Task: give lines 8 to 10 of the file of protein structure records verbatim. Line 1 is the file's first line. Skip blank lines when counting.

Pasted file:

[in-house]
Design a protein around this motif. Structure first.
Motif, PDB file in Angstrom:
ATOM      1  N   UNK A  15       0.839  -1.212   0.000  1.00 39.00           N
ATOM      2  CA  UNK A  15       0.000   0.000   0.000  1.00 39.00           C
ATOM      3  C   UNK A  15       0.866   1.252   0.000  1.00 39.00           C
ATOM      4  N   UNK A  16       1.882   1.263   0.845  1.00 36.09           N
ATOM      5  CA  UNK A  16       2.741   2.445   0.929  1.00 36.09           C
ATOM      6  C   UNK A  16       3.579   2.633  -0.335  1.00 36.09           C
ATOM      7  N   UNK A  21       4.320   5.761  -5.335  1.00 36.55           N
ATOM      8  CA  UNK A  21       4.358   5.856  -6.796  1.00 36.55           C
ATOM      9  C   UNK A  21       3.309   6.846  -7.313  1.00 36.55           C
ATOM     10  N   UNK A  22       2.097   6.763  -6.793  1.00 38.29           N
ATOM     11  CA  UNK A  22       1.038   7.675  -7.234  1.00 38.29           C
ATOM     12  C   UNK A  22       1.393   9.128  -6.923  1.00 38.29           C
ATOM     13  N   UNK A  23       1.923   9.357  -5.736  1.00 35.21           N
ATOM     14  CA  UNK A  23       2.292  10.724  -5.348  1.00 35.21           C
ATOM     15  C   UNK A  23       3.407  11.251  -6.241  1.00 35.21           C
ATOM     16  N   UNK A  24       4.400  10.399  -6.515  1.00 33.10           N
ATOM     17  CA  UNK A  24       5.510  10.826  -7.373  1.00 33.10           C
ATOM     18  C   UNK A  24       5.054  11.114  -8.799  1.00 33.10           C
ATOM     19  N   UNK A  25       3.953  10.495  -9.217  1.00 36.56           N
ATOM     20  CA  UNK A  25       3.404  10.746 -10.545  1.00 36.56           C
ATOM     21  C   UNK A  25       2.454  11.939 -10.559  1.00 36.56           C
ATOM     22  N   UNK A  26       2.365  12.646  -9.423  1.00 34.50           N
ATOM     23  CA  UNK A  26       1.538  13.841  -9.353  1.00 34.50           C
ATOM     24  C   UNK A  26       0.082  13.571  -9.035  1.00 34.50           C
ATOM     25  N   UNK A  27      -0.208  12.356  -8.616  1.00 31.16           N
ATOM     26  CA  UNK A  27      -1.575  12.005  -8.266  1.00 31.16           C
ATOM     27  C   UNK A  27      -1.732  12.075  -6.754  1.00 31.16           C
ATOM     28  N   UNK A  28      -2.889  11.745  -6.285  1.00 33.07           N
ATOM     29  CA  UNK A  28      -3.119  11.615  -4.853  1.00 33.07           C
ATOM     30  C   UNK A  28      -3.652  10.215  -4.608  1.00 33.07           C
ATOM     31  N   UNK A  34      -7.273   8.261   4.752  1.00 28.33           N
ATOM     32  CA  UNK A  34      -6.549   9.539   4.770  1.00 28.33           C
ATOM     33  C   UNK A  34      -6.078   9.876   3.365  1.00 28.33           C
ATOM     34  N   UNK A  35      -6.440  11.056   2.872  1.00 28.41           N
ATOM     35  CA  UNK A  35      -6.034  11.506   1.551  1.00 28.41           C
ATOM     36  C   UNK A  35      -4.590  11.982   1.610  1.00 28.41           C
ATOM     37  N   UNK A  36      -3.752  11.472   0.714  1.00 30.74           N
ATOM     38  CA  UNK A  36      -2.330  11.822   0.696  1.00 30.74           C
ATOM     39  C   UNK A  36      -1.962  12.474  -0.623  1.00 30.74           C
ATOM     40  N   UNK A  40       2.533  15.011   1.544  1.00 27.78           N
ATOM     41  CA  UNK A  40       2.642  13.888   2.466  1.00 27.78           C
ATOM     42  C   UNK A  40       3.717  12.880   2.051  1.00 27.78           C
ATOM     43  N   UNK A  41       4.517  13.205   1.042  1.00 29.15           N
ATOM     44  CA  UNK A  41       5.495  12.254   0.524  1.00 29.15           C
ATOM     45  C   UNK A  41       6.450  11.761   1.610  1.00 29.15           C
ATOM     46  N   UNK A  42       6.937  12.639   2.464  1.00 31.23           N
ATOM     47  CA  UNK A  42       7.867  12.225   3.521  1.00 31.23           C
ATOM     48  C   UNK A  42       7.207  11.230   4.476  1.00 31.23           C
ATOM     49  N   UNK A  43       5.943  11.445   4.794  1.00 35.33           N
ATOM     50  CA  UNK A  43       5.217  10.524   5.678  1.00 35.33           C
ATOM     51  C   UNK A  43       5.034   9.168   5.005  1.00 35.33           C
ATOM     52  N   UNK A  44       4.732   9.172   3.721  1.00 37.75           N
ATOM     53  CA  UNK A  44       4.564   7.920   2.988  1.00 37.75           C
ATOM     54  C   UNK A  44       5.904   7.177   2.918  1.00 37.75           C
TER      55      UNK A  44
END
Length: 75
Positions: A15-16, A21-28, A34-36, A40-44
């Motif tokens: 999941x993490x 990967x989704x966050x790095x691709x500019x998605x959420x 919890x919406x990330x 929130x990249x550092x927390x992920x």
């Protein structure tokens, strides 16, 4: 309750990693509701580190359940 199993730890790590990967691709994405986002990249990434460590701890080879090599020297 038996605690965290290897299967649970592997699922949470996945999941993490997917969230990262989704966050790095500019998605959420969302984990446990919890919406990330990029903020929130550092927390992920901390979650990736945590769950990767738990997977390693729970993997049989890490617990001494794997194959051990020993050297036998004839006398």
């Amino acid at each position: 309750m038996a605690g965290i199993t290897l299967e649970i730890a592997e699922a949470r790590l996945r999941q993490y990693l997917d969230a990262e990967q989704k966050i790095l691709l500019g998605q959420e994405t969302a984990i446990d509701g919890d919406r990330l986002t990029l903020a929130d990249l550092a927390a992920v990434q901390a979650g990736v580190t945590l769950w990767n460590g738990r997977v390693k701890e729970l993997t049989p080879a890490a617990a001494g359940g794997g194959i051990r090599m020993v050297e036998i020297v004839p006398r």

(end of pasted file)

ATOM      5  CA  UNK A  16       2.741   2.445   0.929  1.00 36.09           C
ATOM      6  C   UNK A  16       3.579   2.633  -0.335  1.00 36.09           C
ATOM      7  N   UNK A  21       4.320   5.761  -5.335  1.00 36.55           N